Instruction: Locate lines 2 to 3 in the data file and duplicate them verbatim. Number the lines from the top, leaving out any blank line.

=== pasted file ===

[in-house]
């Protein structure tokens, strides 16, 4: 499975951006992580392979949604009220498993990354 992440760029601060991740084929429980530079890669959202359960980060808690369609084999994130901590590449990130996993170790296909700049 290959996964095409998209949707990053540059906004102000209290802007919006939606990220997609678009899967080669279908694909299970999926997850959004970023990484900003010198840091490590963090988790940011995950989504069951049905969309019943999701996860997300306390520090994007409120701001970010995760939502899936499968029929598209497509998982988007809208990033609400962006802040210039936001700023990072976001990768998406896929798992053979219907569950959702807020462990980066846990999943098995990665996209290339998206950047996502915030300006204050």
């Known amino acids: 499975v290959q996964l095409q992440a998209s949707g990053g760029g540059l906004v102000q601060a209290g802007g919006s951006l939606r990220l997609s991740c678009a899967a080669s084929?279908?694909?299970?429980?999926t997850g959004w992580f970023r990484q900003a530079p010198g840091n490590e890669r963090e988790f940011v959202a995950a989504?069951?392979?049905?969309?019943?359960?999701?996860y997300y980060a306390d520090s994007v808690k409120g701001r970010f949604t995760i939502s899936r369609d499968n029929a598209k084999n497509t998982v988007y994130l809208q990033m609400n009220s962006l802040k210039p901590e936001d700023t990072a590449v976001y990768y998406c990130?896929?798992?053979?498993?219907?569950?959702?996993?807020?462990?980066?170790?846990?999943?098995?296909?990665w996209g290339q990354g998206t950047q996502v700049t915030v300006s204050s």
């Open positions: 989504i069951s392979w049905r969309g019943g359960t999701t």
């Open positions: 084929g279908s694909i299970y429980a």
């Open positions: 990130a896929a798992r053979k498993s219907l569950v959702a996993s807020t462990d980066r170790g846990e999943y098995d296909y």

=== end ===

């Protein structure tokens, strides 16, 4: 499975951006992580392979949604009220498993990354 992440760029601060991740084929429980530079890669959202359960980060808690369609084999994130901590590449990130996993170790296909700049 290959996964095409998209949707990053540059906004102000209290802007919006939606990220997609678009899967080669279908694909299970999926997850959004970023990484900003010198840091490590963090988790940011995950989504069951049905969309019943999701996860997300306390520090994007409120701001970010995760939502899936499968029929598209497509998982988007809208990033609400962006802040210039936001700023990072976001990768998406896929798992053979219907569950959702807020462990980066846990999943098995990665996209290339998206950047996502915030300006204050």
């Known amino acids: 499975v290959q996964l095409q992440a998209s949707g990053g760029g540059l906004v102000q601060a209290g802007g919006s951006l939606r990220l997609s991740c678009a899967a080669s084929?279908?694909?299970?429980?999926t997850g959004w992580f970023r990484q900003a530079p010198g840091n490590e890669r963090e988790f940011v959202a995950a989504?069951?392979?049905?969309?019943?359960?999701?996860y997300y980060a306390d520090s994007v808690k409120g701001r970010f949604t995760i939502s899936r369609d499968n029929a598209k084999n497509t998982v988007y994130l809208q990033m609400n009220s962006l802040k210039p901590e936001d700023t990072a590449v976001y990768y998406c990130?896929?798992?053979?498993?219907?569950?959702?996993?807020?462990?980066?170790?846990?999943?098995?296909?990665w996209g290339q990354g998206t950047q996502v700049t915030v300006s204050s």